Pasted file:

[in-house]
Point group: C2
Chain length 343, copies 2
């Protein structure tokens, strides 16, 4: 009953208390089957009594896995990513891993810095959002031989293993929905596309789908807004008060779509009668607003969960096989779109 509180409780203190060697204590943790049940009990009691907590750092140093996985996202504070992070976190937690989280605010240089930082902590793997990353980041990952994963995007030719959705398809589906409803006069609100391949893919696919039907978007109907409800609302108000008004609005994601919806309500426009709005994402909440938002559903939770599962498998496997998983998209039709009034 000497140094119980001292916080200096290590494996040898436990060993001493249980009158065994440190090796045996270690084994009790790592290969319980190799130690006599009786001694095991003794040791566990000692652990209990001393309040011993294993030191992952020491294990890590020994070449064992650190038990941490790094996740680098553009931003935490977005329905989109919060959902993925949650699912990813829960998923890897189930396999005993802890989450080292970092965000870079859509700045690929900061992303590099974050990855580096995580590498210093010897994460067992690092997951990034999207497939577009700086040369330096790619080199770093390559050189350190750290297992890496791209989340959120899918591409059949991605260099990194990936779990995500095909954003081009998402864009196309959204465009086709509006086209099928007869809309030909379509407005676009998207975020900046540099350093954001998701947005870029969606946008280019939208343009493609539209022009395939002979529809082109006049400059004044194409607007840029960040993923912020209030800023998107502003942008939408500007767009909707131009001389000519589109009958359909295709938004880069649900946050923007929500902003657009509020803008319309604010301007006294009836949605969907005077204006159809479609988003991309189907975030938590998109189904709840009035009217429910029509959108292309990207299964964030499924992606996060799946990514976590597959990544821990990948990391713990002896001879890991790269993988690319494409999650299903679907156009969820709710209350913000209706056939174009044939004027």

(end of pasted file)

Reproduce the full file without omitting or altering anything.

[in-house]
Point group: C2
Chain length 343, copies 2
């Protein structure tokens, strides 16, 4: 009953208390089957009594896995990513891993810095959002031989293993929905596309789908807004008060779509009668607003969960096989779109 509180409780203190060697204590943790049940009990009691907590750092140093996985996202504070992070976190937690989280605010240089930082902590793997990353980041990952994963995007030719959705398809589906409803006069609100391949893919696919039907978007109907409800609302108000008004609005994601919806309500426009709005994402909440938002559903939770599962498998496997998983998209039709009034 000497140094119980001292916080200096290590494996040898436990060993001493249980009158065994440190090796045996270690084994009790790592290969319980190799130690006599009786001694095991003794040791566990000692652990209990001393309040011993294993030191992952020491294990890590020994070449064992650190038990941490790094996740680098553009931003935490977005329905989109919060959902993925949650699912990813829960998923890897189930396999005993802890989450080292970092965000870079859509700045690929900061992303590099974050990855580096995580590498210093010897994460067992690092997951990034999207497939577009700086040369330096790619080199770093390559050189350190750290297992890496791209989340959120899918591409059949991605260099990194990936779990995500095909954003081009998402864009196309959204465009086709509006086209099928007869809309030909379509407005676009998207975020900046540099350093954001998701947005870029969606946008280019939208343009493609539209022009395939002979529809082109006049400059004044194409607007840029960040993923912020209030800023998107502003942008939408500007767009909707131009001389000519589109009958359909295709938004880069649900946050923007929500902003657009509020803008319309604010301007006294009836949605969907005077204006159809479609988003991309189907975030938590998109189904709840009035009217429910029509959108292309990207299964964030499924992606996060799946990514976590597959990544821990990948990391713990002896001879890991790269993988690319494409999650299903679907156009969820709710209350913000209706056939174009044939004027």